Snowflake ODBC Connection with Mac OS

Snowflake ODBC Connection with Mac OS

Snowflake ODBC Connection with Mac OS

Recently I received a request to integrate a https://www.snowflake.com/ connection with an existing Rails application. After some research I came to the conclusion that one of the only ways to query the Snowflake views was through an ODBC connection using a combination of https://github.com/larskanis/ruby-odbc and https://github.com/jeremyevans/sequel.

Before digging into this integration I wanted to get my local environment set up so that I could experiment with querying the data outside of the application while we were settling on the presentation of what was to be included in the Snowflake views.

Snowflake actually has pretty good documentation for setting up a local environment for Mac OS. These docs are located here: https://docs.snowflake.com/en/user-guide/odbc-mac.html.

Installing iODBC

The first step is to install iODBC:
http://www.iodbc.org/dataspace/doc/iodbc/wiki/iodbcWiki/Downloads#Mac%20OS%20X.

At the time of writing the link in the Snowflake documentation (http://www.iodbc.org/dataspace/iodbc/wiki/iODBC/Downloads) is not currently working.

I chose to not install the optional ODBC Manager and configure the connection manually through the odbcinst.ini and odbc.ini files.

Installing The Snowflake Driver

After iODBC has been installed the next step is to actually install the ODBC driver. This driver can be found here: https://sfc-repo.snowflakecomputing.com/odbc/index.html.

This driver has its configuration files in ~/Library/ODBC/odbcinst.ini and ~/Library/ODBC/odbc.ini.

The ~/Library/ODBC/odbcinst.ini should be set up properly. The real configuration comes into play in the ~/Library/ODBC/odbc.ini file.

Here is an example of my local odbc.ini file:

[ODBC Data Sources]
snowflake = Snowflake

[snowflake]
Driver      = /opt/snowflake/snowflakeodbc/lib/universal/libSnowflake.dylib
Description = SnowflakeDB
Locale      = en-US
server      = <organization_id>.<account_id>.snowflakecomputing.com
port        = 443
ssl         = on
account     = <organization_id>.<account_id>

Testing the Snowflake ODBC Installation and Configuration

With this file updated with your Snowflake information you can now test the connection using the following command that is included with iODBC:
/Library/Application Support/iODBC/bin/iodbctest
This will allow you to enter an iODBC connection string for any of the DSNs listed using the ? command. This connection string should not be enclosed in quotes and should be in the following format:

dsn=<dsn_from_odbc.ini>;uid=<username>;pwd=<password>;warehouse=<warehouse>;database=<database>

If everything is set up properly you will see a “SQL>” prompt and be able to query the database that you have specified in the connection string.

unixodbc Installation and Configuration

Now, that was a lot of setup just to get to a prompt where you are able to query Snowflake. Now that you have all of that working you would expect to be able to install the ruby-odbc gem and start working in your Rails environment. When you go to install the ruby-odbc gem you will run into an error:

checking for version.h... no
checking for sql.h... no
*** extconf.rb failed ***
Could not create Makefile due to some reason, probably lack of necessary libraries and/or headers. Check the mkmf.log file for more details. You may need configuration options.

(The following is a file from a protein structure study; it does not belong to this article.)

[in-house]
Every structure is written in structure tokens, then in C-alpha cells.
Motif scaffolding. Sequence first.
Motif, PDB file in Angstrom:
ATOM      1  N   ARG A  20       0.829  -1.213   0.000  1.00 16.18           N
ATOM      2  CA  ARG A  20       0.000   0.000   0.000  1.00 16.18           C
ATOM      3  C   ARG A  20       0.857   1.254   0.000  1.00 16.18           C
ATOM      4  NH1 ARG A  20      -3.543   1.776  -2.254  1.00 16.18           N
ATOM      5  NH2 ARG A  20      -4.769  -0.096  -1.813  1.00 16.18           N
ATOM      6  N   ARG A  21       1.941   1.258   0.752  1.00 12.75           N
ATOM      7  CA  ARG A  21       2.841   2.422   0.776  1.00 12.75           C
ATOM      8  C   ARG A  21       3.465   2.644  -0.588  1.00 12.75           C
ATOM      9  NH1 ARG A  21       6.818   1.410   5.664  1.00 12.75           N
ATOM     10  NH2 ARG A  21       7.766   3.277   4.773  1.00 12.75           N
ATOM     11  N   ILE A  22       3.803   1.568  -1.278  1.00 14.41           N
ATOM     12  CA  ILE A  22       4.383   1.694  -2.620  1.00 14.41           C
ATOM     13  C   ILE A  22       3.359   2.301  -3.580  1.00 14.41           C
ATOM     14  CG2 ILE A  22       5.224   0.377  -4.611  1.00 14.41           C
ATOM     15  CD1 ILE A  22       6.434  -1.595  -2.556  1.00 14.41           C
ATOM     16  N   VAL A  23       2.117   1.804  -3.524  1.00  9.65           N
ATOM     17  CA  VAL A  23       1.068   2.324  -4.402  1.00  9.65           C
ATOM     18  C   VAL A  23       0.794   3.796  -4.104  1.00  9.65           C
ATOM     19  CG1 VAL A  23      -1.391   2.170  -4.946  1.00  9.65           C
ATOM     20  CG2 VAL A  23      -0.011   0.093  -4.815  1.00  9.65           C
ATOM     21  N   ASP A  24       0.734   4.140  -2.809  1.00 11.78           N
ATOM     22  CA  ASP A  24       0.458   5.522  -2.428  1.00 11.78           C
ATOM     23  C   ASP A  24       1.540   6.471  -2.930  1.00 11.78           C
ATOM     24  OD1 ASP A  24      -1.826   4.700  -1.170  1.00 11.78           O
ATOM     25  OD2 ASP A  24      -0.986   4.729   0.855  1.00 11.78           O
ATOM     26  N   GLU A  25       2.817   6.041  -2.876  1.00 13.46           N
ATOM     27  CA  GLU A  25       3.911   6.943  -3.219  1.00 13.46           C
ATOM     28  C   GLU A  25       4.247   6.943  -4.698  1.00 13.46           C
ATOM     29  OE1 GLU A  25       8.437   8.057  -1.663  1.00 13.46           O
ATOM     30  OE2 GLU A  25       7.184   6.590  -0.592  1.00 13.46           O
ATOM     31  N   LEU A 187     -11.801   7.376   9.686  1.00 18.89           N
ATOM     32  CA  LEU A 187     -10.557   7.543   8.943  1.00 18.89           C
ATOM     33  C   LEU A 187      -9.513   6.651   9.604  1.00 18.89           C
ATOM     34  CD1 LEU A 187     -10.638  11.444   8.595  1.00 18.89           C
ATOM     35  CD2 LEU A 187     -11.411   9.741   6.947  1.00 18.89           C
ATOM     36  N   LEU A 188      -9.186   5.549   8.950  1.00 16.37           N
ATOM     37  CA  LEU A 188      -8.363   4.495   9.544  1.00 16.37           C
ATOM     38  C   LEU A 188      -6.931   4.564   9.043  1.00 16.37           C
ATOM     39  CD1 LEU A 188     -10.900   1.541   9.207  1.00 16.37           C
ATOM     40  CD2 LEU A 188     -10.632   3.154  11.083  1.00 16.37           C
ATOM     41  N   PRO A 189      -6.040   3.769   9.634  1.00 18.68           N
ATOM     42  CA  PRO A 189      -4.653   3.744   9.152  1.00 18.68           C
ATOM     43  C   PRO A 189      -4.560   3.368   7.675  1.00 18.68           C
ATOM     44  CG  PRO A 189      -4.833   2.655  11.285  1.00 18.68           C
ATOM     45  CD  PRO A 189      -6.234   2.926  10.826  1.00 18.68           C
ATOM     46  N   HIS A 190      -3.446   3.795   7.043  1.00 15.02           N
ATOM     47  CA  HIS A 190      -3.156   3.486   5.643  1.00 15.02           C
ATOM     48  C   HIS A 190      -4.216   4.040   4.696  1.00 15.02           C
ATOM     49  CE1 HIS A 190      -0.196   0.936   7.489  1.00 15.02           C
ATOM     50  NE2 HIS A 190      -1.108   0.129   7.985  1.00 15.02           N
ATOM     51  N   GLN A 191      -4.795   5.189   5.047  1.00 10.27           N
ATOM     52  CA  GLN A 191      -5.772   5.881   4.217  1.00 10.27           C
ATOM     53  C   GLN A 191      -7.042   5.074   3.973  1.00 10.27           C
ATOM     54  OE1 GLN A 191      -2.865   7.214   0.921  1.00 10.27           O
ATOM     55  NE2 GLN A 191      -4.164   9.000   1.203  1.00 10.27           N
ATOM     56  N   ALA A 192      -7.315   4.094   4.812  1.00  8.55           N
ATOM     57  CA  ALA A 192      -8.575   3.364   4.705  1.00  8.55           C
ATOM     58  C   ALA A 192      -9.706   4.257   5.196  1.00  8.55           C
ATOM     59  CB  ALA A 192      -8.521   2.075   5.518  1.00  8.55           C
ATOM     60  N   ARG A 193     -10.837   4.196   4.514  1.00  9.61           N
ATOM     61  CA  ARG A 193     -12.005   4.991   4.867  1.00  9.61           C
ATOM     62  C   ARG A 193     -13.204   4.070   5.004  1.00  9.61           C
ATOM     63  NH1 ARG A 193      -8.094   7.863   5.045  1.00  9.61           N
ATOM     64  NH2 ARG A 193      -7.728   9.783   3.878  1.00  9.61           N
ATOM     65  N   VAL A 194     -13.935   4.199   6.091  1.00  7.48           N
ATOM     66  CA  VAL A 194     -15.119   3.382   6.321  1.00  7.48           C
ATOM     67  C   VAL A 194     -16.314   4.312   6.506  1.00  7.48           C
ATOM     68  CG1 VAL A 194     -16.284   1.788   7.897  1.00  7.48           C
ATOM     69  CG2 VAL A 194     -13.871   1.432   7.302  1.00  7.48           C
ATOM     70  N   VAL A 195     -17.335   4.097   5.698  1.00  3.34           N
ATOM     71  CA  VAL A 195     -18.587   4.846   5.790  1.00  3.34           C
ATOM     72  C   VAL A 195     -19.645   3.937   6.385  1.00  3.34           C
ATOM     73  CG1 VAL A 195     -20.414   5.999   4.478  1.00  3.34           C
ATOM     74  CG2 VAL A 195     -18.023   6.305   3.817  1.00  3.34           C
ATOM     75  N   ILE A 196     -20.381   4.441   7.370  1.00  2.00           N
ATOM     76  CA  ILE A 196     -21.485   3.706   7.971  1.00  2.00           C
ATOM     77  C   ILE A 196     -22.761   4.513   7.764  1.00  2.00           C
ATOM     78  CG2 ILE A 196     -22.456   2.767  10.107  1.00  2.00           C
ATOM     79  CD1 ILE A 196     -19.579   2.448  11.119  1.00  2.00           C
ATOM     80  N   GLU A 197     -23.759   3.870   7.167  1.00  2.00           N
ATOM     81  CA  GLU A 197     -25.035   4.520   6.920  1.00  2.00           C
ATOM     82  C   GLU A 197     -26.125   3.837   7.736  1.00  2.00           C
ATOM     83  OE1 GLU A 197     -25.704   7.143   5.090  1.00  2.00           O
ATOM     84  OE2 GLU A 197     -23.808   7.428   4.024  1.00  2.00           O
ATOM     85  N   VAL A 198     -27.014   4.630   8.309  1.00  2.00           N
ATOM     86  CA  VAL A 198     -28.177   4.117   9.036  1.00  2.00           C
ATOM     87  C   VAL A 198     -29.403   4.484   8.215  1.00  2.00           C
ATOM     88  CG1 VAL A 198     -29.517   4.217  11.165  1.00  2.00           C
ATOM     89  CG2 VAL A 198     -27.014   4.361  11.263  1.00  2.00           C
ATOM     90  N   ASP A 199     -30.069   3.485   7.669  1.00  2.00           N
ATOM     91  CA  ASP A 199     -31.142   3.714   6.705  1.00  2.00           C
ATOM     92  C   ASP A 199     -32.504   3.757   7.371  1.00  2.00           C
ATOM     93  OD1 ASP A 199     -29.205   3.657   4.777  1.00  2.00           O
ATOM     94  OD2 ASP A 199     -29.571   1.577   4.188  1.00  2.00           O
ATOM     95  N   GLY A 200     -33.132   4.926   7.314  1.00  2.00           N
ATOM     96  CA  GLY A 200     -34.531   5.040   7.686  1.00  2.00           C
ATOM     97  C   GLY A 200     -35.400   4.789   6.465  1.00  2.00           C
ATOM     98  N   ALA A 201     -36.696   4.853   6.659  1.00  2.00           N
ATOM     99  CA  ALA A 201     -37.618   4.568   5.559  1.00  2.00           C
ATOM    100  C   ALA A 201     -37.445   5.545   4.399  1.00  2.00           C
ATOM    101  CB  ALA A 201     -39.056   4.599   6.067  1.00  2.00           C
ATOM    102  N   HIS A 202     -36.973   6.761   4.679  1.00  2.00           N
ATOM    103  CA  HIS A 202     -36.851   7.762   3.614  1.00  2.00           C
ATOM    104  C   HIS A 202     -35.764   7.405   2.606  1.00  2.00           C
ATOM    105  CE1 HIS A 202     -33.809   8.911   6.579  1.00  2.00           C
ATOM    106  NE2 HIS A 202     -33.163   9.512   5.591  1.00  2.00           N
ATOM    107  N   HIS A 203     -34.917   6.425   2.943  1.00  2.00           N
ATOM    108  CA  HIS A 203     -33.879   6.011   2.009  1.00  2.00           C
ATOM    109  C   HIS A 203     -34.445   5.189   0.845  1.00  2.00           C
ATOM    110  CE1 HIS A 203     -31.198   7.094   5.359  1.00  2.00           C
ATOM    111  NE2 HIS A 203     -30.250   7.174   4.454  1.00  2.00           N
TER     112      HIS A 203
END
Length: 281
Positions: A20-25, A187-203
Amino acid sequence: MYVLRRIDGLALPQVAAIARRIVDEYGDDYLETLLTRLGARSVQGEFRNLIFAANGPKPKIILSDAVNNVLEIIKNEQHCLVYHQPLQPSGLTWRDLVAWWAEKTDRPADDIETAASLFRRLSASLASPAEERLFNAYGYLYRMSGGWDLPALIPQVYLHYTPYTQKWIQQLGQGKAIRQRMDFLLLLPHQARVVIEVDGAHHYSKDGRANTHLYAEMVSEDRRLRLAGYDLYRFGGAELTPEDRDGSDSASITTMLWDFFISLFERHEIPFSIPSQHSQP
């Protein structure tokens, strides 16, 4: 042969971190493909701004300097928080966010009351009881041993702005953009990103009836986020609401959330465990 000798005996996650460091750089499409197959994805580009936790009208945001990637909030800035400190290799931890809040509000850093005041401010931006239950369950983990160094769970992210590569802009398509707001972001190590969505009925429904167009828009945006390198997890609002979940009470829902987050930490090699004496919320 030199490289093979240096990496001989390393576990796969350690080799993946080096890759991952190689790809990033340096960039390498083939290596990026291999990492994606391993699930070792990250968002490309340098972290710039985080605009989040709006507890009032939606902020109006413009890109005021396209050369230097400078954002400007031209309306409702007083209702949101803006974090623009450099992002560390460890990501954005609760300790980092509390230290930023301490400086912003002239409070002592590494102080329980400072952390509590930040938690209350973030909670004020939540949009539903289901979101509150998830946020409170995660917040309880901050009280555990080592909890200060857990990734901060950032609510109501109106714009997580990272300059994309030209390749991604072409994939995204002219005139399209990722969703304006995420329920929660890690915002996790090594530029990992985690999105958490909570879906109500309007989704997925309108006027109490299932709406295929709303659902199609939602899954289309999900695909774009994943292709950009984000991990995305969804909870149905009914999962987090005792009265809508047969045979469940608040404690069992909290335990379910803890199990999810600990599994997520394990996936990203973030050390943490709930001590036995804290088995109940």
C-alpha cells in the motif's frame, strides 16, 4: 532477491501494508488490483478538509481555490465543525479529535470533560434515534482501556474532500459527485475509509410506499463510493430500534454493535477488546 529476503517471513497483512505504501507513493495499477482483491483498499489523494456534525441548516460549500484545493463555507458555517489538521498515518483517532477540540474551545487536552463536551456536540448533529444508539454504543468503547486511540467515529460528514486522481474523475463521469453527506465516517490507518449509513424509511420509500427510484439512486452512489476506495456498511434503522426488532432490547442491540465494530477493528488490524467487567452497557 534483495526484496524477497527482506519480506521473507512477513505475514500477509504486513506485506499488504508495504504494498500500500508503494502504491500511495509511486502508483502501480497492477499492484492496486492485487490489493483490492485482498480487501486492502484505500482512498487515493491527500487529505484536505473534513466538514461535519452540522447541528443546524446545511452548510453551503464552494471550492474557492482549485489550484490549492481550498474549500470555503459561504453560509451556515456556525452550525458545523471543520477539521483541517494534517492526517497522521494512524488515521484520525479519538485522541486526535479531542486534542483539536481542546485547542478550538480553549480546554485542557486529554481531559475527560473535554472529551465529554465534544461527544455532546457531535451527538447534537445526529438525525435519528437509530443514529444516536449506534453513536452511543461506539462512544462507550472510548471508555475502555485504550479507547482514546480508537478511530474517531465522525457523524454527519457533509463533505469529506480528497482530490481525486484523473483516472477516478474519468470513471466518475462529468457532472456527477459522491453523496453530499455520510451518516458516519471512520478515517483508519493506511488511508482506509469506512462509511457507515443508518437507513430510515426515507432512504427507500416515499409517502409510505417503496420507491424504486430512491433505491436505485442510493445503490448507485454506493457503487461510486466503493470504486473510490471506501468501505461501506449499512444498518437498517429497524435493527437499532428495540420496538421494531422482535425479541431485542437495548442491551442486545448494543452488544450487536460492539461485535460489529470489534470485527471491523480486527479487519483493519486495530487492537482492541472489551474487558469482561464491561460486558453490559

Even though the driver has been installed so that iODBC can use it, the development headers for the ruby-odbc gem do not exist yet.

This can be solved by installing unixodbc:

brew install unixodbc

If you are on a new M1 Mac you may need to pass in the odbc directory:

gem install ruby-odbc -- --with-odbc-dir=$(brew --prefix unixodbc)

This program stores its configuration files in a different place than iODBC and these files will be listed by running:

odbcinst -j

This is an example of the odbcinst.ini file using the same driver that was installed above with a different label that does not match the local driver.

[ODBC Drivers]
SnowflakeDSIIDriver=Installed

[SnowflakeDSIIDriver]
APILevel=1
ConnectFunctions=YYY
Description=Snowflake DSII
Driver=/opt/snowflake/snowflakeodbc/lib/universal/libSnowflake.dylib
DriverODBCVer=03.52
SQLLevel=1

The odbc.ini file should match the local one from above using the new label for the driver as it is set above.

[ODBC Data Sources]
snowflake = SnowflakeDSIIDriver

[snowflake]
Driver      = /opt/snowflake/snowflakeodbc/lib/universal/libSnowflake.dylib
Description = SnowflakeDB
Locale      = en-US
server      = <organization_id>.<account_id>.snowflakecomputing.com
port        = 443
ssl         = on
account     = <organization_id>.<account_id>

Using Rails and Sequel to Query Snowflake

Now that is all set up we can finally install the Sequel gem and fire up our Rails console and test this out:


warehouse_name = <warehouse_name>
database_name = <database_name>
view_table = <view_table>
db = Sequel.odbc('snowflake', user: ENV[‘SNOWFLAKE_USER’], password: ENV[‘SNOWFLAKE_PASSWORD’])

db.execute("USE WAREHOUSE #{warehouse_name};")

db.fetch("SELECT * FROM #{database_name}.ANALYTICS.#{view_table};").entries

After supplying your warehouse, database, and view you should get back an array of hashes of data from your Snowflake view.

Loved the article? Hated it? Didn’t even read it?

We’d love to hear from you.

Reach Out

Leave a comment

Leave a Reply

Your email address will not be published.

More Insights

View All